“The top line has the character ‘Om’. It is just an auspicious syllable that is there in most prayers and is also present in most places of worship. The second line has the name of the temple (and presumably the chief deity worshipped there). It says ‘Shri Varun Dev Mandir’. The name also looks like ‘Shri Arun Dev Mandir’ (the ancient way of writing ‘A’ in Arun could well be imagined in that character, which is not that clear. But I think, on balance that it is Varun Dev and not Arun. According to Hindu mythology Varuna is the God of the oceans. There is no worship of Varuna that I have come across personally in India, though I would not be completely surprised at the existence of this temple in Karachi because of the enormous diversity in the Hinduism practiced in different parts of the subcontinent. Also, people who have livelihoods related to the ocean, for instance, fishermen, might worship Varuna. If this temple is on the beach in Karachi this could well be an explanation – it might have been built by fishermen who worshipped Varuna.”

I have a sincere hope that Government of Pakistan takes care of these places of worship. If nothing else then atleast the structure should be saved from the people who take away tiles and anything salvagable for petty profits. Many people visit the mandir as it is the largest and most prominent attraction at Manora beach. A little bit of official or non-official help will go a long way in preserving our heritage.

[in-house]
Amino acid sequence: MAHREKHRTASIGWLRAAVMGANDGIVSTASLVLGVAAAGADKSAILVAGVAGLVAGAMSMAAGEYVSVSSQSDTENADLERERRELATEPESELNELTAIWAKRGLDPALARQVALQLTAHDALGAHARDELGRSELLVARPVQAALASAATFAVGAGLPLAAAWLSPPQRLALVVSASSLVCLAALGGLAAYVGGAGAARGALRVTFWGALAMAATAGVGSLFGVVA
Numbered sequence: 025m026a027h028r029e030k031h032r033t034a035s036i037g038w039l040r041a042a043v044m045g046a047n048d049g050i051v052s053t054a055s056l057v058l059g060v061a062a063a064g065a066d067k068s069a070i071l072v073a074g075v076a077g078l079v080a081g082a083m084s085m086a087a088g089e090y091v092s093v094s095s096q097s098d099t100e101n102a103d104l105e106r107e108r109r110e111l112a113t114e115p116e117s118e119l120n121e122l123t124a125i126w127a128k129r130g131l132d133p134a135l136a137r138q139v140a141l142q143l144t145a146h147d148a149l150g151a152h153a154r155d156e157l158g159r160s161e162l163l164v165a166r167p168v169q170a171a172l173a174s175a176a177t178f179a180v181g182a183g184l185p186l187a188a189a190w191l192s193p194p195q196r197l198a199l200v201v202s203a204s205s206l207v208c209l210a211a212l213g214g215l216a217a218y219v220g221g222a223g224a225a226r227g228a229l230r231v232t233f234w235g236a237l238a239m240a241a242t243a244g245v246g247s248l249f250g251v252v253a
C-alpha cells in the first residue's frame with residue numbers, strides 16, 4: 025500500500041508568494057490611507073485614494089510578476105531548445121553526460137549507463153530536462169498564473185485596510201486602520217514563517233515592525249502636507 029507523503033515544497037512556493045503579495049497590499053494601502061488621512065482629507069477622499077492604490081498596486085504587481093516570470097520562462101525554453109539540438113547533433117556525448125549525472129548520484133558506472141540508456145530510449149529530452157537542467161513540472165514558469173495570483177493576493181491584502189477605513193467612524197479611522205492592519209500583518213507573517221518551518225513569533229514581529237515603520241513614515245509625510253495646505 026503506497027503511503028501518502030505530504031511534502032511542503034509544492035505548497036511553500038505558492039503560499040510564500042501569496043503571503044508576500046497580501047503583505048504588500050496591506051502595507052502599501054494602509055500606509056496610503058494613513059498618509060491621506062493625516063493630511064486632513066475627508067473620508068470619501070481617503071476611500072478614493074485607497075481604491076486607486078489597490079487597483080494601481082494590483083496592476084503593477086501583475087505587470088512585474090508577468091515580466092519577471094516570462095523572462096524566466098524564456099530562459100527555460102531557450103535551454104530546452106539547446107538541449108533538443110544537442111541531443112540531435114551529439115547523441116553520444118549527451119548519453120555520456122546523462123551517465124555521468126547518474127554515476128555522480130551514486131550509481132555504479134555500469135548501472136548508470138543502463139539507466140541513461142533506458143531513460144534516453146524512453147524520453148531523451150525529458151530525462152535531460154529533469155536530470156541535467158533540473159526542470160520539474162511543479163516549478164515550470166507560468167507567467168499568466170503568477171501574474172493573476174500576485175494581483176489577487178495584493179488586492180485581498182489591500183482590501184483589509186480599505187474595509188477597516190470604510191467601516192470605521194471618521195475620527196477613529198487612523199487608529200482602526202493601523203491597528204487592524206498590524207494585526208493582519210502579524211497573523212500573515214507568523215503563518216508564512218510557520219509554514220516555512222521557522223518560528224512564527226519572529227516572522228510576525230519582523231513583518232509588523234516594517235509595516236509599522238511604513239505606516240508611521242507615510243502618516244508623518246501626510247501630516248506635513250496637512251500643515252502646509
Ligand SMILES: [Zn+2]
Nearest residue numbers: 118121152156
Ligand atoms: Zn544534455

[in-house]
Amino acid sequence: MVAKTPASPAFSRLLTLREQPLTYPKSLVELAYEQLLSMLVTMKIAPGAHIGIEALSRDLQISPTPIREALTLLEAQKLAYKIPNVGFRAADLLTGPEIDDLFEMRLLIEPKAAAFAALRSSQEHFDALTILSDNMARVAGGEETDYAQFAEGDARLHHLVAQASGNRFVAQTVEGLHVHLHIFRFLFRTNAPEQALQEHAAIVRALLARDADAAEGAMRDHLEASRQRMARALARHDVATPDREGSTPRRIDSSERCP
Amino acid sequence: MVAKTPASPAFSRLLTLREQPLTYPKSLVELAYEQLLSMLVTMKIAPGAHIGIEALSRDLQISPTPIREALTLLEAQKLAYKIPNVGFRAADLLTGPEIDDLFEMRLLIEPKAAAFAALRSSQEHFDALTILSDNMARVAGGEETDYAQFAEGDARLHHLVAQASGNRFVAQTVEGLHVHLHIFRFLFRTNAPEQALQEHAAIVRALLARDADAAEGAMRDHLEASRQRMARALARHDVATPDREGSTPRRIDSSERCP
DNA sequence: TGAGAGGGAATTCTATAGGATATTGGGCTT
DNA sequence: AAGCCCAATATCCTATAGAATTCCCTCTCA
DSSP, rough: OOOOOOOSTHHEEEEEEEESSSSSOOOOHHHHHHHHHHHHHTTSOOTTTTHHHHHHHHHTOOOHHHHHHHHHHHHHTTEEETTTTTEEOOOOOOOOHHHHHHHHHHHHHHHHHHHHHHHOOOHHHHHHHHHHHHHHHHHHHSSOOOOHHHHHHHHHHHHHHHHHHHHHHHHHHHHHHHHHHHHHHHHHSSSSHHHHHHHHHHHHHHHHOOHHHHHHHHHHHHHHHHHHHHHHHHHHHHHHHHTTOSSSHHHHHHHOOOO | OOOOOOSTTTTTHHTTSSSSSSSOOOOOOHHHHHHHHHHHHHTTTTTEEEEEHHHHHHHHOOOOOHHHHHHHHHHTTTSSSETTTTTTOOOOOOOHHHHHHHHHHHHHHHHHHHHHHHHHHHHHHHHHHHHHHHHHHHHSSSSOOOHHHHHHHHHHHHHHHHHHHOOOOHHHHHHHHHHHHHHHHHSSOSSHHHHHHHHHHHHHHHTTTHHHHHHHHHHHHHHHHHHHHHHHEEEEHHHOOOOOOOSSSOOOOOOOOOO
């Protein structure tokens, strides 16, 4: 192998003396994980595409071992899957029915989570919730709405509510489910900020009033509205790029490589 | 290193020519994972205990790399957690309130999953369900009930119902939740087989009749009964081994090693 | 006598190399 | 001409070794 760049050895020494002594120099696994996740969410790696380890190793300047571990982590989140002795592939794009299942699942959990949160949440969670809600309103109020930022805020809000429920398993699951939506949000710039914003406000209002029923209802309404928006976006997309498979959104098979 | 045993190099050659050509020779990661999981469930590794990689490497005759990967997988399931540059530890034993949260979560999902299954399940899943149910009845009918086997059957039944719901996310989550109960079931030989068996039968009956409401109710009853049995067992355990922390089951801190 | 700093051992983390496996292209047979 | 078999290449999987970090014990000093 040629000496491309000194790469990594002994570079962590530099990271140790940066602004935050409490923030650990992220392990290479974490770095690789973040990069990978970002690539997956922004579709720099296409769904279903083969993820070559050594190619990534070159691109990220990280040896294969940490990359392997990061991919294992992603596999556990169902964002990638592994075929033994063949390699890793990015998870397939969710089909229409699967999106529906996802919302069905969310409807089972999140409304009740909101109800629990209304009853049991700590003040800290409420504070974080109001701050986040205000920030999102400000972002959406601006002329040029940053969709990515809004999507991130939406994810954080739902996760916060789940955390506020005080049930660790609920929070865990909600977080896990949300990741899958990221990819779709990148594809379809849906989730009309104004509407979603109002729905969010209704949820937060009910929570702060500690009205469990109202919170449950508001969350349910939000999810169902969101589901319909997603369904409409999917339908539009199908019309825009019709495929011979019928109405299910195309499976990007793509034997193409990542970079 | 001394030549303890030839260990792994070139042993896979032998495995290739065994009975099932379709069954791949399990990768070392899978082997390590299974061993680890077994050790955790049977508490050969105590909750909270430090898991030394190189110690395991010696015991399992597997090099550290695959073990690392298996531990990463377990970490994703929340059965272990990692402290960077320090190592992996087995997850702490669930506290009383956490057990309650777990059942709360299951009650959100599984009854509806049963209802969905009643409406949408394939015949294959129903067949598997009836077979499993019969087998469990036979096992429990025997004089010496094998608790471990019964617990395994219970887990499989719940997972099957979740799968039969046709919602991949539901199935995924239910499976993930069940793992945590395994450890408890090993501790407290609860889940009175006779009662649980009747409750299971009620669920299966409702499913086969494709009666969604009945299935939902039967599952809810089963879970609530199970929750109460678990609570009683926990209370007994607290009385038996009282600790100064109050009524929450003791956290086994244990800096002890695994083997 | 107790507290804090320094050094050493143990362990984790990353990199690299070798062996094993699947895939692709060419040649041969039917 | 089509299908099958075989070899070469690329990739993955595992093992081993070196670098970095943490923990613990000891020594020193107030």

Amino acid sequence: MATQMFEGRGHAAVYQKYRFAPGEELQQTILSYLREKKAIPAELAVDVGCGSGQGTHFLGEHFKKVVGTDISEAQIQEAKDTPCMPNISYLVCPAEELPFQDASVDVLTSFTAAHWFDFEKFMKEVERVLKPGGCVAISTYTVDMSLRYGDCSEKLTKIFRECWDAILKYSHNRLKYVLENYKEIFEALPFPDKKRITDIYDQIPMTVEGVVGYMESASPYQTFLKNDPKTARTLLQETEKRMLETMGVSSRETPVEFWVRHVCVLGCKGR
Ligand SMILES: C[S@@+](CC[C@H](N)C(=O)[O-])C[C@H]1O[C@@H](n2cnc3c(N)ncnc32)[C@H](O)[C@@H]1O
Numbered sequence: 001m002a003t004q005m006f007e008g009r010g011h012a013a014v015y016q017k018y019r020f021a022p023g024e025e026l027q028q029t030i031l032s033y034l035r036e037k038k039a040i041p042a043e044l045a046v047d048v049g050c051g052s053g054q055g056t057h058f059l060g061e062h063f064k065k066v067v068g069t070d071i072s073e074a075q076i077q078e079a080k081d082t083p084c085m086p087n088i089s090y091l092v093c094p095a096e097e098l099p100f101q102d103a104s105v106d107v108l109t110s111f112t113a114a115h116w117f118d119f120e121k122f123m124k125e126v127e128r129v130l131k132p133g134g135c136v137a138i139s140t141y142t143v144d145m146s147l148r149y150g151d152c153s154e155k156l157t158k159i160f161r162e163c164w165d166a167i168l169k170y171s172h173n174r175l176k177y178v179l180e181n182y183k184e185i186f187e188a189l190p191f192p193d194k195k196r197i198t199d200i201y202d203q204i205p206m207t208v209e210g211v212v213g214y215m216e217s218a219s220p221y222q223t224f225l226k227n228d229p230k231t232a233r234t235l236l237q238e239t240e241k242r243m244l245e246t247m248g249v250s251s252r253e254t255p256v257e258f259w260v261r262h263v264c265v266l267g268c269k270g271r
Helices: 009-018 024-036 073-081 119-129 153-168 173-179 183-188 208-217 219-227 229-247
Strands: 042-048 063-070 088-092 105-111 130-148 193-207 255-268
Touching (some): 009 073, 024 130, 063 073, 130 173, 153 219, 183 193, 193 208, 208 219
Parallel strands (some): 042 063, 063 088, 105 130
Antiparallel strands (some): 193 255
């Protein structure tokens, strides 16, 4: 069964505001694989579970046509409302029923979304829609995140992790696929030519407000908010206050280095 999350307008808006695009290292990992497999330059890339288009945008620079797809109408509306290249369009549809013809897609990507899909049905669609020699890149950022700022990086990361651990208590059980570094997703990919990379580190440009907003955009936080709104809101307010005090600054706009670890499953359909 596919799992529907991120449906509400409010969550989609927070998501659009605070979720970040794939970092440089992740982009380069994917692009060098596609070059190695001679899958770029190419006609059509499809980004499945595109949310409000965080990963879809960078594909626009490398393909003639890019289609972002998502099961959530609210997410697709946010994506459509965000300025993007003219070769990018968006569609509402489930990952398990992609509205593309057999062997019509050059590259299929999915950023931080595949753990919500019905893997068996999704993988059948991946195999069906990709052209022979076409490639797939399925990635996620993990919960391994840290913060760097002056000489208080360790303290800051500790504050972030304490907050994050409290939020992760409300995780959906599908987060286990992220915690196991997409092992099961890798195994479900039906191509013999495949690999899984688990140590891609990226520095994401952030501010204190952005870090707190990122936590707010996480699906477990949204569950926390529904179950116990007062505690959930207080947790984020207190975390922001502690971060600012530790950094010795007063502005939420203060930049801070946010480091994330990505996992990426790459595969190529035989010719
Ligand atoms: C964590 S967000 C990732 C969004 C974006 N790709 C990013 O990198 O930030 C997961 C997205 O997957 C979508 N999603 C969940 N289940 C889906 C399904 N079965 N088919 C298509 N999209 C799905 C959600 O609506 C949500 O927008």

(8) View from the outer most gate of the mandir compound

I’ve recently read that in June 2007, The station Commander PNS Himalaya Manora cantt has handed over the control of this temple to Pakistan Hindu Council Karachi, which is now working on the restoration work. PHC’s website introduces the mandir in following words:

Varun God (Radha Krishna – Sita Ram) Temple At Manora Cantt
The temple is situated on seashore of Manora cantt. This temple is about 160 years old (1850s?reference needed about this time line) and designed perfectly as per Hindu Architecture. The temple is carved from a blackish marble. Apart of Varun Devta temple there is small temple of Shiv Shanker & statues of Hanuman & Sri Ganesh Mahraj are still in good condition. Sindhi Hindu Businessmen built this temple & renovated from time to time. After partition the temple was abandoned and illegally occupied by land grabbers, recently Pakistan Hindu Council Karachi took a bold step to renovate the same and how have brought back the sanctity of temple & have been cleaned of all the impurities & garbage inside the temple. The station Commander PNS Himalaya Manora cantt has very kindly handed over the control of this temple to Pakistan Hindu Council Karachi, from June, 2007.